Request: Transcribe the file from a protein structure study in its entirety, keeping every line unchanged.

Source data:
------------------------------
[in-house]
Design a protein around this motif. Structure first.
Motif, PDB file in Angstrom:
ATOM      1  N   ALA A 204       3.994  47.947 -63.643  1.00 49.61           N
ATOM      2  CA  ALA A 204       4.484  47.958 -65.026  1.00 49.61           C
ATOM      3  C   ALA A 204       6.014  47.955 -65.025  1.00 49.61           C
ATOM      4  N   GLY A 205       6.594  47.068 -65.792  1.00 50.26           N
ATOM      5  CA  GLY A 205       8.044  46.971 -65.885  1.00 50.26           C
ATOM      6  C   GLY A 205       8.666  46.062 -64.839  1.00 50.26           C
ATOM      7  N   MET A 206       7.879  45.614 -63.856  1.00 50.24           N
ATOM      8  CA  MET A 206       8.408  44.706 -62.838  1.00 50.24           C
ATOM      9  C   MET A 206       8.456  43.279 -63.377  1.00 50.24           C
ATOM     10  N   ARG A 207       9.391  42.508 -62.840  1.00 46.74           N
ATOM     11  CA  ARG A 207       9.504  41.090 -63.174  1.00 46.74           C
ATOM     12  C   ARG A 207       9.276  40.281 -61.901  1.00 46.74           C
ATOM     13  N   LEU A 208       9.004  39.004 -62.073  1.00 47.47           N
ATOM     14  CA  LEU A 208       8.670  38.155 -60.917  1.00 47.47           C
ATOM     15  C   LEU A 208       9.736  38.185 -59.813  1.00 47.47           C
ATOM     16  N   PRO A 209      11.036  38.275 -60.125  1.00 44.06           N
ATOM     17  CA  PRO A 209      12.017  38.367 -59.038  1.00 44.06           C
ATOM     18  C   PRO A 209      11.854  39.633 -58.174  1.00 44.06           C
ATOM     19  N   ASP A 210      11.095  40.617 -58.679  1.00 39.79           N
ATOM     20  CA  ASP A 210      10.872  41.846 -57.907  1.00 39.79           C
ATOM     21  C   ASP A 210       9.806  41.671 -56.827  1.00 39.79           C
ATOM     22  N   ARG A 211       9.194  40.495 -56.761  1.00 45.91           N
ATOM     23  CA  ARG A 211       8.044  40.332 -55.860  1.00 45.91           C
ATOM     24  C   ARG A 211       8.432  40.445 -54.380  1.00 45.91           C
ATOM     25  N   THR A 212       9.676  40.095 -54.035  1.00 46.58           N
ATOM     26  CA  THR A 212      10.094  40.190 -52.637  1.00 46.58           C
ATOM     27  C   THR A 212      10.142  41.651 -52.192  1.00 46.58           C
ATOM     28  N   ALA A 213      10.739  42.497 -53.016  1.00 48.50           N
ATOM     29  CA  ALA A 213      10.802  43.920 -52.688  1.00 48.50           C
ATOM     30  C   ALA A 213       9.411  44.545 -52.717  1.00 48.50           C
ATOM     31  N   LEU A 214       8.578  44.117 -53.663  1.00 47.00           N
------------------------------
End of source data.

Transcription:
[in-house]
Design a protein around this motif. Structure first.
Motif, PDB file in Angstrom:
ATOM      1  N   ALA A 204       3.994  47.947 -63.643  1.00 49.61           N
ATOM      2  CA  ALA A 204       4.484  47.958 -65.026  1.00 49.61           C
ATOM      3  C   ALA A 204       6.014  47.955 -65.025  1.00 49.61           C
ATOM      4  N   GLY A 205       6.594  47.068 -65.792  1.00 50.26           N
ATOM      5  CA  GLY A 205       8.044  46.971 -65.885  1.00 50.26           C
ATOM      6  C   GLY A 205       8.666  46.062 -64.839  1.00 50.26           C
ATOM      7  N   MET A 206       7.879  45.614 -63.856  1.00 50.24           N
ATOM      8  CA  MET A 206       8.408  44.706 -62.838  1.00 50.24           C
ATOM      9  C   MET A 206       8.456  43.279 -63.377  1.00 50.24           C
ATOM     10  N   ARG A 207       9.391  42.508 -62.840  1.00 46.74           N
ATOM     11  CA  ARG A 207       9.504  41.090 -63.174  1.00 46.74           C
ATOM     12  C   ARG A 207       9.276  40.281 -61.901  1.00 46.74           C
ATOM     13  N   LEU A 208       9.004  39.004 -62.073  1.00 47.47           N
ATOM     14  CA  LEU A 208       8.670  38.155 -60.917  1.00 47.47           C
ATOM     15  C   LEU A 208       9.736  38.185 -59.813  1.00 47.47           C
ATOM     16  N   PRO A 209      11.036  38.275 -60.125  1.00 44.06           N
ATOM     17  CA  PRO A 209      12.017  38.367 -59.038  1.00 44.06           C
ATOM     18  C   PRO A 209      11.854  39.633 -58.174  1.00 44.06           C
ATOM     19  N   ASP A 210      11.095  40.617 -58.679  1.00 39.79           N
ATOM     20  CA  ASP A 210      10.872  41.846 -57.907  1.00 39.79           C
ATOM     21  C   ASP A 210       9.806  41.671 -56.827  1.00 39.79           C
ATOM     22  N   ARG A 211       9.194  40.495 -56.761  1.00 45.91           N
ATOM     23  CA  ARG A 211       8.044  40.332 -55.860  1.00 45.91           C
ATOM     24  C   ARG A 211       8.432  40.445 -54.380  1.00 45.91           C
ATOM     25  N   THR A 212       9.676  40.095 -54.035  1.00 46.58           N
ATOM     26  CA  THR A 212      10.094  40.190 -52.637  1.00 46.58           C
ATOM     27  C   THR A 212      10.142  41.651 -52.192  1.00 46.58           C
ATOM     28  N   ALA A 213      10.739  42.497 -53.016  1.00 48.50           N
ATOM     29  CA  ALA A 213      10.802  43.920 -52.688  1.00 48.50           C
ATOM     30  C   ALA A 213       9.411  44.545 -52.717  1.00 48.50           C
ATOM     31  N   LEU A 214       8.578  44.117 -53.663  1.00 47.00           N